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Newborn Infant Cry (Supplement 163).

Peter F. Ostwald, MD
Arch Gen Psychiatry. 1966;15(4):446-448. doi:10.1001/archpsyc.1966.01730160110025.
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Certain advances in physiology influence psychiatric progress. Dr. Lind's monograph reports the finding of acoustically distinctive cry patterns associated with arousal states in infancy. This has great relevance for human behavior research.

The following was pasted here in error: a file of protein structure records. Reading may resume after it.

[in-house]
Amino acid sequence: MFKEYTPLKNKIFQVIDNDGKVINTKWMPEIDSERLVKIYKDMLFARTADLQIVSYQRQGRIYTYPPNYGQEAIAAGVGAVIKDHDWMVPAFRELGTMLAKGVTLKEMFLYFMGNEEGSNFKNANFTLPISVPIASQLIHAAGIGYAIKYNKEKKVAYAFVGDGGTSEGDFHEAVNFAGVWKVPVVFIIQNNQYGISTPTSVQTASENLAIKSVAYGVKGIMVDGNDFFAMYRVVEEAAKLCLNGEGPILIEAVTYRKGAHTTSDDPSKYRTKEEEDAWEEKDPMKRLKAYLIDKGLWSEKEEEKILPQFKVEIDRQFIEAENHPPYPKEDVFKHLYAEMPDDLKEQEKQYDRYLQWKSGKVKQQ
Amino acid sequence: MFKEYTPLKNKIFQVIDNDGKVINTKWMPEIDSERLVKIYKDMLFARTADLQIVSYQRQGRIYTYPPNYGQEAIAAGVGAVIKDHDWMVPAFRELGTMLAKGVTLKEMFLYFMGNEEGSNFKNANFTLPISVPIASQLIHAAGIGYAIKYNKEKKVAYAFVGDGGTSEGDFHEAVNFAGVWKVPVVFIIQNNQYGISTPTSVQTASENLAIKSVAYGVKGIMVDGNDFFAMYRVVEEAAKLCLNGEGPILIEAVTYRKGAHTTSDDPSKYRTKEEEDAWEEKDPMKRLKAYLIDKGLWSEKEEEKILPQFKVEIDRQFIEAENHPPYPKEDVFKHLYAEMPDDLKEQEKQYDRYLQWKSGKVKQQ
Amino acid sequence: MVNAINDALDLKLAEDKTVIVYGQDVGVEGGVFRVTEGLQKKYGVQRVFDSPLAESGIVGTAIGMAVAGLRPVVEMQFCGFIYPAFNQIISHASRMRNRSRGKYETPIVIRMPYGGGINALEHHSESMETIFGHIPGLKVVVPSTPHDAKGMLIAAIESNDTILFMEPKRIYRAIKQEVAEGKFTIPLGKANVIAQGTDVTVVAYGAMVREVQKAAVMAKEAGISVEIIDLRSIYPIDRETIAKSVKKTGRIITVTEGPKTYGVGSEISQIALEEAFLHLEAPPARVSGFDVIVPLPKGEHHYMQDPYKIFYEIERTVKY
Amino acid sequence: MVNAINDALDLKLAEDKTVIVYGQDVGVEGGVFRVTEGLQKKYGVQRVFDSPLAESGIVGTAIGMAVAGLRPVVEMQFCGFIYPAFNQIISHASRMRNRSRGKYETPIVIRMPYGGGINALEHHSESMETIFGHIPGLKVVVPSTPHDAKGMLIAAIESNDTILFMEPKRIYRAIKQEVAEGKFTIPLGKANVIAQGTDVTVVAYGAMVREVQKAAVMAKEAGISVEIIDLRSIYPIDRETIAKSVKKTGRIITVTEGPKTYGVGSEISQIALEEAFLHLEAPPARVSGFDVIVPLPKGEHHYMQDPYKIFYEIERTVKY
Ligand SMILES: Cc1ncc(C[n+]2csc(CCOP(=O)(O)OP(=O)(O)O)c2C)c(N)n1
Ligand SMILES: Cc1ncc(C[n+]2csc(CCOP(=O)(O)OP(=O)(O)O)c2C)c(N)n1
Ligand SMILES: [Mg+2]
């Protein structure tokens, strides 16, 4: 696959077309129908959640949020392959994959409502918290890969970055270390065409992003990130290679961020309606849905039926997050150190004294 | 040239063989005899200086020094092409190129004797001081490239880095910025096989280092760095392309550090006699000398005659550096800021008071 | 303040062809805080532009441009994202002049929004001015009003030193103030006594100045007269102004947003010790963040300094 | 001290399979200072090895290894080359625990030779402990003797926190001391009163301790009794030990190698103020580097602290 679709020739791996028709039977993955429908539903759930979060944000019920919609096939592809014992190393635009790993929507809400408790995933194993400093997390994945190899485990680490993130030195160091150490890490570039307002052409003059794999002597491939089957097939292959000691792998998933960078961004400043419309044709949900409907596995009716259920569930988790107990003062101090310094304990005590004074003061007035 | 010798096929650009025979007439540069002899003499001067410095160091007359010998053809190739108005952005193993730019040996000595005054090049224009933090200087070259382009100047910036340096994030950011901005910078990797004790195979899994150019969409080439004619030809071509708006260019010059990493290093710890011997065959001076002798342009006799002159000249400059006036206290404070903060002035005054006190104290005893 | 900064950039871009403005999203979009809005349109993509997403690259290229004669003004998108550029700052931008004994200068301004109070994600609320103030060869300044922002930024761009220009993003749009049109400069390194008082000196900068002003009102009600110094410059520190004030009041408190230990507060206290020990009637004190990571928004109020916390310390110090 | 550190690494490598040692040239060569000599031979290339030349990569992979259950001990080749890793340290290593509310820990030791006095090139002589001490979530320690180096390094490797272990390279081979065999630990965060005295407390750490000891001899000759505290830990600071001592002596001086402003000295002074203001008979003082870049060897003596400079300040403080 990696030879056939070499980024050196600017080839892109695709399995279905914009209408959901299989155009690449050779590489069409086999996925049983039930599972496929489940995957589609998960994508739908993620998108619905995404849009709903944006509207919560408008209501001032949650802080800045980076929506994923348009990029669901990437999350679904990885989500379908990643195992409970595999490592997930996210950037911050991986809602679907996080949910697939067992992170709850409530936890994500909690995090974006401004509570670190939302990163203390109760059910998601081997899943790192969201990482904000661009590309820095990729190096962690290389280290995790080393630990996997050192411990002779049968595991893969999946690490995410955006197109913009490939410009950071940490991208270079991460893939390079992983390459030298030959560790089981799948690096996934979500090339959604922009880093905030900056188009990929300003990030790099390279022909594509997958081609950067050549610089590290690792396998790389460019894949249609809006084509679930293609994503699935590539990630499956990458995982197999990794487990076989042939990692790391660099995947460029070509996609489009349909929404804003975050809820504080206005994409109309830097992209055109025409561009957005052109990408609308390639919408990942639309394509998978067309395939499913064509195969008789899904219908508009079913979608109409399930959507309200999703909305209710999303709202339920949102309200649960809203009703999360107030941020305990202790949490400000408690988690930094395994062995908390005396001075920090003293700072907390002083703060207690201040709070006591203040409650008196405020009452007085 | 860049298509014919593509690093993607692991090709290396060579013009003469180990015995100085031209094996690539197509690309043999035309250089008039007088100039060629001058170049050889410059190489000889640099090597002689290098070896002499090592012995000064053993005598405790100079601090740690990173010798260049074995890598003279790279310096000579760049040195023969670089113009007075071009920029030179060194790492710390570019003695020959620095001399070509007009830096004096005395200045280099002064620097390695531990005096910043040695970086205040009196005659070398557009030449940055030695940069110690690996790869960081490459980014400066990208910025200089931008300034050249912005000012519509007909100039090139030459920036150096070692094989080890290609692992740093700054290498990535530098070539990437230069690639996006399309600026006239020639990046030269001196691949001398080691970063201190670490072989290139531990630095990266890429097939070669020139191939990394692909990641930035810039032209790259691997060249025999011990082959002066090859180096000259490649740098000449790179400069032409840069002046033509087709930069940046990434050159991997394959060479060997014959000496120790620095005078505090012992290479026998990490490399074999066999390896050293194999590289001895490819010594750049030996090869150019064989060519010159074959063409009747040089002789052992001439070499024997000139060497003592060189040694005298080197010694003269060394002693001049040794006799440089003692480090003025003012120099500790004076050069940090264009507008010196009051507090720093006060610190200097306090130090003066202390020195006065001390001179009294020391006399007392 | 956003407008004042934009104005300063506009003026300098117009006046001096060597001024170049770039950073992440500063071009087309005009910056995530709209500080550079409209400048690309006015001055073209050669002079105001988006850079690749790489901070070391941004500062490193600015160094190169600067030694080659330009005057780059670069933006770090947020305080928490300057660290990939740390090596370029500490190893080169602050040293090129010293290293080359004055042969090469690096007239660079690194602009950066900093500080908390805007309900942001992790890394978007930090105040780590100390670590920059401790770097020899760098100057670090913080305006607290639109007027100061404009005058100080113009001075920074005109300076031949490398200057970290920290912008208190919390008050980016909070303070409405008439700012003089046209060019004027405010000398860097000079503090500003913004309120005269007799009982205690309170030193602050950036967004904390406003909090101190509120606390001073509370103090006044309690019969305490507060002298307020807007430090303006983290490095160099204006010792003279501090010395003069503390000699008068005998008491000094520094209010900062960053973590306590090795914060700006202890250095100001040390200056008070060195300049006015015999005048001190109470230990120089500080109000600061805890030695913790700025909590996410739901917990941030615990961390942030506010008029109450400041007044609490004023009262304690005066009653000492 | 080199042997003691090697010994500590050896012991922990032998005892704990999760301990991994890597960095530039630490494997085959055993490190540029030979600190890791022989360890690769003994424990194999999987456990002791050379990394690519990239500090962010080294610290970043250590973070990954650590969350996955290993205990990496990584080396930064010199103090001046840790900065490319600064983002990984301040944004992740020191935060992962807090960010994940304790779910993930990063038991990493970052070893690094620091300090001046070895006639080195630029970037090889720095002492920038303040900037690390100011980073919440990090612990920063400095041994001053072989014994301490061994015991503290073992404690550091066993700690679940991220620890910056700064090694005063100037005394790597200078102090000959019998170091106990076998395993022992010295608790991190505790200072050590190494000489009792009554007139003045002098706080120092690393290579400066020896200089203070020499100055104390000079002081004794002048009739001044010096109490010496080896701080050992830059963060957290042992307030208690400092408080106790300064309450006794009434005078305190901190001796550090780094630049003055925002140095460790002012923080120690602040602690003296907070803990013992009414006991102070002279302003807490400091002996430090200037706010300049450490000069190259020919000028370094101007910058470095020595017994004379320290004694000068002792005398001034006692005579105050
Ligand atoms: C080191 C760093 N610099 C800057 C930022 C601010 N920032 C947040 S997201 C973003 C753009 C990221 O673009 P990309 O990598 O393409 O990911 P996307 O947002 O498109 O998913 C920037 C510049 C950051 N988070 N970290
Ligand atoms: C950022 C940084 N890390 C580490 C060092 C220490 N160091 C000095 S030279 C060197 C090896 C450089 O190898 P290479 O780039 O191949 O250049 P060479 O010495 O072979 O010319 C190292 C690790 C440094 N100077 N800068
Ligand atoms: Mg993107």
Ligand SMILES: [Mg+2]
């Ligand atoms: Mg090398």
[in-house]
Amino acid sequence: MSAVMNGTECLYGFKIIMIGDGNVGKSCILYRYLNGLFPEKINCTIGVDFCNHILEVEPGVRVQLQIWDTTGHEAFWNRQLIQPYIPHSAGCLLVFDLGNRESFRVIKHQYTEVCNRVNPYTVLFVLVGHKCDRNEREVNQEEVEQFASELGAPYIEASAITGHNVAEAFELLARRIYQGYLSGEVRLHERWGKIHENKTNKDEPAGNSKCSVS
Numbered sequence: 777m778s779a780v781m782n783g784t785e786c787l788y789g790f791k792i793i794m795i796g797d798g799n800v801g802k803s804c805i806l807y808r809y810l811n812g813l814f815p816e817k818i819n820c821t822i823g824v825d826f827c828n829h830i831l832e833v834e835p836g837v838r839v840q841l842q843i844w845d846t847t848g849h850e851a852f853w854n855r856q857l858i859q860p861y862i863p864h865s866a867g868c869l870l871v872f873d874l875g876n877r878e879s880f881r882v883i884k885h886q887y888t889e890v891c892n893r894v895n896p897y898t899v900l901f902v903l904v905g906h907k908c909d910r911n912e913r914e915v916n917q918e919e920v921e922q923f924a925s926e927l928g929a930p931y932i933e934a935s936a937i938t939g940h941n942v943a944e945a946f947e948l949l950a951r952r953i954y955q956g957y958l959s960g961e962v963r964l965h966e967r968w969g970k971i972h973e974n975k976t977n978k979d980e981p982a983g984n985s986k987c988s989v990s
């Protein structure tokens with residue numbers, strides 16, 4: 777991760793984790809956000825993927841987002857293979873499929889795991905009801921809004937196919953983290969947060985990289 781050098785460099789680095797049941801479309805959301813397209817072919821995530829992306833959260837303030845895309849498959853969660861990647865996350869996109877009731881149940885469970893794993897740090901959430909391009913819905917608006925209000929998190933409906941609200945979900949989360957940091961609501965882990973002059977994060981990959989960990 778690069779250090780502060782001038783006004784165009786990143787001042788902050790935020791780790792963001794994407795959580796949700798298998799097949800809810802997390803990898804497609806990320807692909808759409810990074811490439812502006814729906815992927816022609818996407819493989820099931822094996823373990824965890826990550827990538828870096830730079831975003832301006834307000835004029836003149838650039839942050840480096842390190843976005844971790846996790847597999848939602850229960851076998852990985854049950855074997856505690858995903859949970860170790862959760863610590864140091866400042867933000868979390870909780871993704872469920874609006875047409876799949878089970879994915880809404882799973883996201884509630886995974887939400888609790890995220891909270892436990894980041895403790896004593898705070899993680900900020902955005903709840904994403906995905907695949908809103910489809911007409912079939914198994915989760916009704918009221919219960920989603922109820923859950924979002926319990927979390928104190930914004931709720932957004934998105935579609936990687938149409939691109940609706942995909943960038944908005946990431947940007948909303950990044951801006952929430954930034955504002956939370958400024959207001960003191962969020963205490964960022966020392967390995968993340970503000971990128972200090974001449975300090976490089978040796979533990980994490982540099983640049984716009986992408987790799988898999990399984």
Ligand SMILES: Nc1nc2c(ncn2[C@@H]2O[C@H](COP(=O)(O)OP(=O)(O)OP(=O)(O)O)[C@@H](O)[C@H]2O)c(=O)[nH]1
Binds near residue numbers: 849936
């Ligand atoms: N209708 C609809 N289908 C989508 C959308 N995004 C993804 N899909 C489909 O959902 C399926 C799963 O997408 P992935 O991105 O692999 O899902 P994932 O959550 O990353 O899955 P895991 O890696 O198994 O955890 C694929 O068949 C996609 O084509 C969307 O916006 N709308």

Newborn Infant Cry, contains four papers about the study of cry and related upper respiratory actions conducted at the Karolinska Children's Hospital in Stockholm. The investigators treated cry as a specific "performance" of the newborn and correlated its audible, kinetic, and respiratory features. The first paper, written by Henry M. Truby, PhD, describes the acoustic analysis of rousal cries produced by 30 newborns after being pinched. Cries were collected with a laryngeal contact microphone and then analyzed sonagraphically and with a directwriting oscillograph. Simultaneous x-ray movies provided data about the motor activity of valved respiration. Three primary sorts of cry-sound were identified: (1) phonation, a simple, symmetrical, tonal "basic" cry which registers mild


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